Victorian Transformations

Author: Dr Bianca Tredennick
Publisher: Ashgate Publishing, Ltd.
ISBN: 1409478726
Format: PDF, ePub, Mobi
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Proposing the concept of transformation as a key to understanding the Victorian period, this collection explores the protean ways in which the nineteenth century conceived of, responded to, and created change. The volume focuses on literature, particularly issues related to genre, nationalism, and desire. For example, the essays suggest that changes in the novel's form correspond with shifting notions of human nature in Victor Hugo's Notre-Dame de Paris; technical forms such as the villanelle and chant royal are crucial bridges between Victorian and Modernist poetics; Victorian theater moves from privileging the text to valuing the spectacles that characterized much of Victorian staging; Carlyle's Past and Present is a rallying cry for replacing the static and fractured language of the past with a national language deep in shared meaning; Dante Gabriel Rossetti posits unachieved desire as the means of rescuing the subject from the institutional forces that threaten to close down and subsume him; and the return of Adelaide Anne Procter's fallen nun to the convent in "A Legend of Provence" can be read as signaling a more modern definition of gender and sexuality that allows for the possibility of transgressive desire within society. The collection concludes with an essay that shows neo-Victorian authors like John Fowles and A. S. Byatt contending with the Victorian preoccupations with gender and sexuality.

The Routledge Research Companion to Anthony Trollope

Author: Deborah Denenholz Morse
Publisher: Routledge
ISBN: 1317044134
Format: PDF, Docs
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Bringing together leading and newly emerging scholars, The Routledge Research Companion to Anthony Trollope offers a comprehensive overview of Trollope scholarship and suggests new directions in Trollope studies. The first volume designed especially for advanced graduate students and scholars, the collection features essays on virtually every topic relevant to Trollope research, including the law, gender, politics, evolution, race, anti-Semitism, biography, philosophy, illustration, aging, sport, emigration, and the global and regional worlds.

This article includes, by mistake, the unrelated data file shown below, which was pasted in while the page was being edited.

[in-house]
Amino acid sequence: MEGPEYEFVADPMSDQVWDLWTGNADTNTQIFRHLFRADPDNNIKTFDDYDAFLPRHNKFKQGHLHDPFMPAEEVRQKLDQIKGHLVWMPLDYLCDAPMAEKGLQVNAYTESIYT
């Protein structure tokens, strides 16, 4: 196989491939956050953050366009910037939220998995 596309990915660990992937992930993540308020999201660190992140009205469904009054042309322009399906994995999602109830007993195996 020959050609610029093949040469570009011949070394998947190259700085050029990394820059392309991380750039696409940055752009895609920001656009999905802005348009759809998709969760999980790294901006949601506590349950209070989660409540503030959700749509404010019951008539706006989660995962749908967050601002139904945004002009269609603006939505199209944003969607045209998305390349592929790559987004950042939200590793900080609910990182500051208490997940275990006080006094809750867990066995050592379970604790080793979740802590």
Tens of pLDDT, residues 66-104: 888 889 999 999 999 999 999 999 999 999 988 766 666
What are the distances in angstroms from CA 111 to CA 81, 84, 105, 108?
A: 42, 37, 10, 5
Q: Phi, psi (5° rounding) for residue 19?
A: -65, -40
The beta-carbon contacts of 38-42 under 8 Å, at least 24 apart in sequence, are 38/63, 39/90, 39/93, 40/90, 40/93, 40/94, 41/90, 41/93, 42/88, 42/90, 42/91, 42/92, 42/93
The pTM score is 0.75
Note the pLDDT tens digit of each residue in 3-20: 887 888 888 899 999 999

Reconnecting Aestheticism and Modernism

Author: Bénédicte Coste
Publisher: Taylor & Francis
ISBN: 1317265084
Format: PDF, Kindle
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Charting the period that extends from the 1860s to the 1940s, this volume offers fresh perspectives on Aestheticism and Modernism. By acknowledging that both movements had a passion for the ‘new’, it goes beyond the alleged divide between Modernism and its predecessors. Rather than reading the modernist credo, ‘Make it New!’, as a desire to break away from the past, the authors of this book suggest reading it as a continuation and a reappropriation of the spirit of the ‘New’ that characterizes Aestheticism. Basing their arguments on recent reassessments of Aestheticism and Modernism and their articulation, contributors take up the challenge of interrogating the connections, continuities, and intersections between the two movements, thus revealing the working processes of cultural and aesthetic change so as to reassess the value of the new for each. Attending to well-known writers such as Waugh, Woolf, Richardson, Eliot, Pound, Ford, Symons, Wilde, and Hopkins, as well as to hitherto neglected figures such as Lucas Malet, L.S. Gibbon, Leonard Woolf, or George Egerton, they revise assumptions about Aestheticism and Modernism and their very definitions. This collection brings together international scholars specializing in Aestheticism or Modernism who push their analyses beyond their strict period of expertise and take both movements into account through exciting approaches that borrow from aesthetics, philosophy, or economics. The volume proposes a corrective to the traditional narratives of the history of Aestheticism and Modernism, revitalizing definitions of these movements and revealing new directions in aestheticist and modernist studies.